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NCJ Number: 140986 Find in a Library
Title: Crime and the Fight Against Crime in Japan
Author(s): H Kuehne; K Miyazawa
Date Published: 1991
Page Count: 312
Sponsoring Agency: Bundeskriminalamt
Wiesbaden, Germany 6200
Sale Source: Bundeskriminalamt
Ki 13
Postfach 1820
Germany (Unified)
Type: Issue Overview
Language: German
Country: Germany (Unified)
Annotation: This comprehensive analysis of Japanese crime examines Japanese social structures, crime statistics including dark figures, and police activities.
Abstract: The most striking difference between Japan and other industrialized nations is Japan's low crime rate. Although property crimes have risen slightly in the 1970's, serious offenses and violent crimes continue to decline. Against this backdrop, the prevalence of organized crime is all the more surprising. Though most organized violence is limited to members of crime organizations, large segments of the population make payments to crime lords in exchange for peace. Thus, organized crime has become an accepted part of Japanese society and is rarely prosecuted. In fact, the relative safety of Japanese citizens should be attributed not only to an effective police force but also to the stabilizing effects of crime organizations. On the other hand, the analysis shows that the view of Japan as a crime- free utopia is a myth. The Japanese conditions cannot serve as a model to Germany because the social structures of the two countries are so different. The book includes a bibliography and two appendices.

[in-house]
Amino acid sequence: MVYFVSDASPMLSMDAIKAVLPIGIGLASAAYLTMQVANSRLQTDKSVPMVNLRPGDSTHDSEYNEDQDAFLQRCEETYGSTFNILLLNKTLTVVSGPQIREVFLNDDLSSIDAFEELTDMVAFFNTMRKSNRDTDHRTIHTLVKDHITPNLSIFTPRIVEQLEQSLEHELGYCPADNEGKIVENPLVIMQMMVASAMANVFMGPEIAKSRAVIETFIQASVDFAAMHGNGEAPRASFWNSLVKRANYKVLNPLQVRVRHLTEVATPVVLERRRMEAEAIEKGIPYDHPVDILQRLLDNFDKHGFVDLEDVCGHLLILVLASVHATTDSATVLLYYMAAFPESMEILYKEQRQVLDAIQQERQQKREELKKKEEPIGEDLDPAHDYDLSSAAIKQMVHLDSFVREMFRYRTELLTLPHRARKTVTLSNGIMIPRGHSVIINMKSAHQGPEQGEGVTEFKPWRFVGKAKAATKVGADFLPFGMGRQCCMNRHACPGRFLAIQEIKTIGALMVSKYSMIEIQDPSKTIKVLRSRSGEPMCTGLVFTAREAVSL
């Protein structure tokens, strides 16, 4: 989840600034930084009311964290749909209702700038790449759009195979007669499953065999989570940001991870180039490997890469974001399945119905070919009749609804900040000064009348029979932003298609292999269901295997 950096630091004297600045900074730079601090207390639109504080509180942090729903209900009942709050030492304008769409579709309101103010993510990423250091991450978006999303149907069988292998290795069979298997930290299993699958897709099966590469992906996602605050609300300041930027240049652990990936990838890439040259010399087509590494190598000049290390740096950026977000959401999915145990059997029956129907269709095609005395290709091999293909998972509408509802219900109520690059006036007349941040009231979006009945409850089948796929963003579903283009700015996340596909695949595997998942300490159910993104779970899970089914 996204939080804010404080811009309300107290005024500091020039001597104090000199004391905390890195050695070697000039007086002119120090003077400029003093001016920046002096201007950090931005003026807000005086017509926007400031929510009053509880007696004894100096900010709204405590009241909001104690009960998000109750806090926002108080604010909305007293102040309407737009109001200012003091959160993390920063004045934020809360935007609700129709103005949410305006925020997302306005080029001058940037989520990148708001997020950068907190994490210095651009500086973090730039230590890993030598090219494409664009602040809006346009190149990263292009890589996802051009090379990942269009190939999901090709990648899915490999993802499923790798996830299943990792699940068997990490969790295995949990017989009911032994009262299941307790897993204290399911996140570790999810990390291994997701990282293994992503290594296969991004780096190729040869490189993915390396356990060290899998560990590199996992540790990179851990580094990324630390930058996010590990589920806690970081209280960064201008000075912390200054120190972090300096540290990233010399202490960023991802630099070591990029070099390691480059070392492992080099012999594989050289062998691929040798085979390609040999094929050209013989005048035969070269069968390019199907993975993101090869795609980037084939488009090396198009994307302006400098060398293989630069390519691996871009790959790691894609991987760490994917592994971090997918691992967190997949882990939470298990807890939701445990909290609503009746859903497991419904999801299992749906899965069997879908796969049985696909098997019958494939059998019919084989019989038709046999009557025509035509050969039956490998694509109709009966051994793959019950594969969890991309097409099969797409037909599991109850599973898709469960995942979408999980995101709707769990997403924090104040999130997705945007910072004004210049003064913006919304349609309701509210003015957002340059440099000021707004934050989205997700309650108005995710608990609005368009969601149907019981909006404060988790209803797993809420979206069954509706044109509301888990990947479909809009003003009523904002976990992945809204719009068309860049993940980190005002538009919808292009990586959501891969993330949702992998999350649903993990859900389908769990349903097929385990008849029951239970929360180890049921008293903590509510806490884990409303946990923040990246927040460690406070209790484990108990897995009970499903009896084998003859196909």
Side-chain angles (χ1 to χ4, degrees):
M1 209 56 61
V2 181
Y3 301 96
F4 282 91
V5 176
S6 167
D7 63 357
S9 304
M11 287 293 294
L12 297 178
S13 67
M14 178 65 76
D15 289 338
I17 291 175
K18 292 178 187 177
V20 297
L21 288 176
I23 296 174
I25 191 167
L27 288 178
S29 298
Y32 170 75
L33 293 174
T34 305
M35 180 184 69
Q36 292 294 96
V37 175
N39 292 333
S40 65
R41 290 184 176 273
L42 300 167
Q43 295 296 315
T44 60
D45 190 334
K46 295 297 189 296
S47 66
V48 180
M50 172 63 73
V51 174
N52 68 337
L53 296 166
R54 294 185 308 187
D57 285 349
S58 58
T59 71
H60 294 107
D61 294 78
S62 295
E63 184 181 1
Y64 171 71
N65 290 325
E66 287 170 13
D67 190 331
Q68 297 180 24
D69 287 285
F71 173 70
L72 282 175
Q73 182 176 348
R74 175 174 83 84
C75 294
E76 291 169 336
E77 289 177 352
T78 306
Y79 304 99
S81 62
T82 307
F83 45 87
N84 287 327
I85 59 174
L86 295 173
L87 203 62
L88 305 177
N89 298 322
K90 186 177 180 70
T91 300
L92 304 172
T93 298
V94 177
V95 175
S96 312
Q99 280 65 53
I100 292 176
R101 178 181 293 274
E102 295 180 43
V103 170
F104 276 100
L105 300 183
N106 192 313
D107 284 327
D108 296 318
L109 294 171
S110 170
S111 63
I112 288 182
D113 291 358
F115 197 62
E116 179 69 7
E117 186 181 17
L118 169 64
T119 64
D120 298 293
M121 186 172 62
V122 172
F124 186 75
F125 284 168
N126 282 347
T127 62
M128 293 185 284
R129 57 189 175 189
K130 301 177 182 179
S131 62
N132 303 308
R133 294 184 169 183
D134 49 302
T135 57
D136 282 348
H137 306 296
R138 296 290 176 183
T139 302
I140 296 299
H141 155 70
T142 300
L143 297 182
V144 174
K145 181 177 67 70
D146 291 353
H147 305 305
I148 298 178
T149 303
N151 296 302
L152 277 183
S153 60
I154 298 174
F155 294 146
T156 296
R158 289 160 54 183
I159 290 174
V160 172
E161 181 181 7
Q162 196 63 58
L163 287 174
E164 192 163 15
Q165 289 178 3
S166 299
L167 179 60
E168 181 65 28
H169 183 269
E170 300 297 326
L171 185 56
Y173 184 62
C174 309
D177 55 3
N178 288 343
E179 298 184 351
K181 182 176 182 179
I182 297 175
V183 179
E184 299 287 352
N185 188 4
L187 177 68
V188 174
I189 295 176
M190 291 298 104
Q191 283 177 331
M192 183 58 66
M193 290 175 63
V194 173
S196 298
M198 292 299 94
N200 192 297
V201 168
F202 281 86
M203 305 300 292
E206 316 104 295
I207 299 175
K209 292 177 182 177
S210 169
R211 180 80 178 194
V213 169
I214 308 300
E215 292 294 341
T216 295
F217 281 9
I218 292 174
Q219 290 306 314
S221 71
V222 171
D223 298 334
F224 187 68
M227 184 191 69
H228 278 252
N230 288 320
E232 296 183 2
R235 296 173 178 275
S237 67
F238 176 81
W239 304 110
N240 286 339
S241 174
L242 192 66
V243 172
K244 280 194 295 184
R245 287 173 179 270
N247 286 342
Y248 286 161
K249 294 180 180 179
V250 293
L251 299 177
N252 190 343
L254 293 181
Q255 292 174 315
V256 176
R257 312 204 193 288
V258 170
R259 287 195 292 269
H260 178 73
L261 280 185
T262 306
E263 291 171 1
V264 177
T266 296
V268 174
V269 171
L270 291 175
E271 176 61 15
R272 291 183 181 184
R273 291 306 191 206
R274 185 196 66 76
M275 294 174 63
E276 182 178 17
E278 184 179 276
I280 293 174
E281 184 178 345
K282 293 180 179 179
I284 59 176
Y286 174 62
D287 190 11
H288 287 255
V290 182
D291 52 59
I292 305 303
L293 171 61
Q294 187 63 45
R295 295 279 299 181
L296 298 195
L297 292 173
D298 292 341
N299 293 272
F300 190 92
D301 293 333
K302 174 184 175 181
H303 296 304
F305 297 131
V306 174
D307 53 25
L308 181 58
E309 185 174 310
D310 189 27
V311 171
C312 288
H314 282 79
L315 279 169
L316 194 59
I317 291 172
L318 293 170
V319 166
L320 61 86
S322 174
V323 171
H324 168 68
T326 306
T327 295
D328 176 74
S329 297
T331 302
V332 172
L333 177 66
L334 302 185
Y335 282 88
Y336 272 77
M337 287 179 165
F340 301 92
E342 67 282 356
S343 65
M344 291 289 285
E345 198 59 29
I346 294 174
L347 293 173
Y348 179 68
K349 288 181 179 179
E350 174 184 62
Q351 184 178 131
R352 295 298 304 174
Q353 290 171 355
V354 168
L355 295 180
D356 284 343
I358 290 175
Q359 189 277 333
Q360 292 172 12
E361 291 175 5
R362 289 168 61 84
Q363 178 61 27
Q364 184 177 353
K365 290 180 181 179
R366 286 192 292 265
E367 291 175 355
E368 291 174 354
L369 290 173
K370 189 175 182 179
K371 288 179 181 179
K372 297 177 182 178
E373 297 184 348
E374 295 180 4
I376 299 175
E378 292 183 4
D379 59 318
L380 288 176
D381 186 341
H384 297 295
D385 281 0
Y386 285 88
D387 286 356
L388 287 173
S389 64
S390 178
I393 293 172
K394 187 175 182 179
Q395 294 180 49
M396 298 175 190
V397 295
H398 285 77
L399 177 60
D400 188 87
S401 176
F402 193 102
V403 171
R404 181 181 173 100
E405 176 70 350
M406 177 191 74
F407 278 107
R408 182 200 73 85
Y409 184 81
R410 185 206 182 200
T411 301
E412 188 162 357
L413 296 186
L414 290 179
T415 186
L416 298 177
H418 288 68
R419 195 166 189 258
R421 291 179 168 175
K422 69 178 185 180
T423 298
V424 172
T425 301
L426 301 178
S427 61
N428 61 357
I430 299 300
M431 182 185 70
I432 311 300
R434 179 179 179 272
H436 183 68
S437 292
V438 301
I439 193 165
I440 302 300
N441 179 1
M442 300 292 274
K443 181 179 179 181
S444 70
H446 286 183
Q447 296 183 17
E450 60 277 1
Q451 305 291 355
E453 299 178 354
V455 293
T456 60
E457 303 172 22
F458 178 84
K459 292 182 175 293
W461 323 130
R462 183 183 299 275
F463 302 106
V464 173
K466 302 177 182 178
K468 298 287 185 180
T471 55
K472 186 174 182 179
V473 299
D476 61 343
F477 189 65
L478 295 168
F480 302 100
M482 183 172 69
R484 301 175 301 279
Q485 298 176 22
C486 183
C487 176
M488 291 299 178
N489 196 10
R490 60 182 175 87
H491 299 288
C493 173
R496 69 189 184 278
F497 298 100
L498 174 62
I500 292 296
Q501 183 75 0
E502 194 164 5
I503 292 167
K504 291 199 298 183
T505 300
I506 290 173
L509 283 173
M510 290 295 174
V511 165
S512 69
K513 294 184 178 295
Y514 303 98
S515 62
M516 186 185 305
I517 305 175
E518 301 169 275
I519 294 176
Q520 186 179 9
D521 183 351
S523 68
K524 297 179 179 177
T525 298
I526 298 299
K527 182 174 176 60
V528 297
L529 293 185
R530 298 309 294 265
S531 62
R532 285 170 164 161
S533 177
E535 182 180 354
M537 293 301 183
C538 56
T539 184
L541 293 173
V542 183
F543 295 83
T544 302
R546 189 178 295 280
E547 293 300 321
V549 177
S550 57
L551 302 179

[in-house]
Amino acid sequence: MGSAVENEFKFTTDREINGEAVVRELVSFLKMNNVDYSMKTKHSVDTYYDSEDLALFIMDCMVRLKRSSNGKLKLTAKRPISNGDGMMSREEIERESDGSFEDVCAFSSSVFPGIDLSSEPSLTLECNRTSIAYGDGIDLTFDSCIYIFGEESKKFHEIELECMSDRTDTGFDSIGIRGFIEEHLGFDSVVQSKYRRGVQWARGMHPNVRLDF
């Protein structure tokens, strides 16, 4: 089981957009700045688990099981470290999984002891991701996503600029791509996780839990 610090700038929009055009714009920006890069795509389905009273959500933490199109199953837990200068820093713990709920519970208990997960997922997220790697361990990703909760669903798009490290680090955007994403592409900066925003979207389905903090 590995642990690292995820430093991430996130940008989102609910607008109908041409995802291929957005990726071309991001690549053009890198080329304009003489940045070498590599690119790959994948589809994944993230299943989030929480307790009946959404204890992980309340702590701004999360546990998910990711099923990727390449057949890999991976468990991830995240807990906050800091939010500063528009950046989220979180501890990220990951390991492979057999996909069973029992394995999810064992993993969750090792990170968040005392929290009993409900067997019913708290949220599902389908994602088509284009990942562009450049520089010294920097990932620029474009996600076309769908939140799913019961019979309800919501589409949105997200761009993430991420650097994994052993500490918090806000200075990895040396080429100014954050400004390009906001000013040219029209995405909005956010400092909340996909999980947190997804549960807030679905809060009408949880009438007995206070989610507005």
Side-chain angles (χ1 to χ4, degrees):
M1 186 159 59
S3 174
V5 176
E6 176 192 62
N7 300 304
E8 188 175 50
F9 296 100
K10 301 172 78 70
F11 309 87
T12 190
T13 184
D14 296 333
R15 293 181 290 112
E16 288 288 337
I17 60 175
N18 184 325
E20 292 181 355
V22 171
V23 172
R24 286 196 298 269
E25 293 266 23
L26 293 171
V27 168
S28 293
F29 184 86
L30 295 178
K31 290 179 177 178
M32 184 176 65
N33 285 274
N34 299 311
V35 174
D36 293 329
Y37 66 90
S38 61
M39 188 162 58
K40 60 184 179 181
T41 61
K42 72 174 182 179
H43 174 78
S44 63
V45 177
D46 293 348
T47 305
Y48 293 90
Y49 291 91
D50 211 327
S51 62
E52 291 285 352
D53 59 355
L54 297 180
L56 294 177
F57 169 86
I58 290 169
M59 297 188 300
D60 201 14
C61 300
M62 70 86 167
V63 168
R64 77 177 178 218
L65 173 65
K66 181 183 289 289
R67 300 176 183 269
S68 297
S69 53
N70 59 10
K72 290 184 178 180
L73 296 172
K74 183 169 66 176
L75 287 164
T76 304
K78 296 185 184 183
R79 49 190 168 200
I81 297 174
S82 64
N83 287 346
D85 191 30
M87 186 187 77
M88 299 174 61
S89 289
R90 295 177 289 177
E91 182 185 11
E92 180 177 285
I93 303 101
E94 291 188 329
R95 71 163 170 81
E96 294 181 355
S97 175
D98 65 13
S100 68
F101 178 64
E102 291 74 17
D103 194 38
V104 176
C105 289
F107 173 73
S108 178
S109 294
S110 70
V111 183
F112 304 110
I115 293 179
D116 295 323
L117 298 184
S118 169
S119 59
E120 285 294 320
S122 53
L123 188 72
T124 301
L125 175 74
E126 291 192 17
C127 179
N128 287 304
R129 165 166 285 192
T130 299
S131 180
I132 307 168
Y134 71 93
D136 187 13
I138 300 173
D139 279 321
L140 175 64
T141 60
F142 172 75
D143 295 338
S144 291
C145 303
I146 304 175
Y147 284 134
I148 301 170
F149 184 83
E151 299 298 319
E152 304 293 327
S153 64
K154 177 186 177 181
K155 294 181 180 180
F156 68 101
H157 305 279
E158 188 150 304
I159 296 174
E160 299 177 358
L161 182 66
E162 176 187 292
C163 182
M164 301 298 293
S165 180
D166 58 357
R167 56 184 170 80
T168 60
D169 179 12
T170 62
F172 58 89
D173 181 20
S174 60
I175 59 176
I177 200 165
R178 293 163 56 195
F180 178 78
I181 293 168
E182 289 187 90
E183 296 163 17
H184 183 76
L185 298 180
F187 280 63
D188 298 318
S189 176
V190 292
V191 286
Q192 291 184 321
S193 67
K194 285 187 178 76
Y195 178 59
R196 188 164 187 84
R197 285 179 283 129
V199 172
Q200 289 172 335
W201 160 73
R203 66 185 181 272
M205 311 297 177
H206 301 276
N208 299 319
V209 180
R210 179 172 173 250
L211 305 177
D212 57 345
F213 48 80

Main Term(s): Crime analysis
Index Term(s): Crime in foreign countries; Crime Rate; Japan; Organized crime; Social organization
Note: Special volume of the BKA Research Series, 2nd ed.
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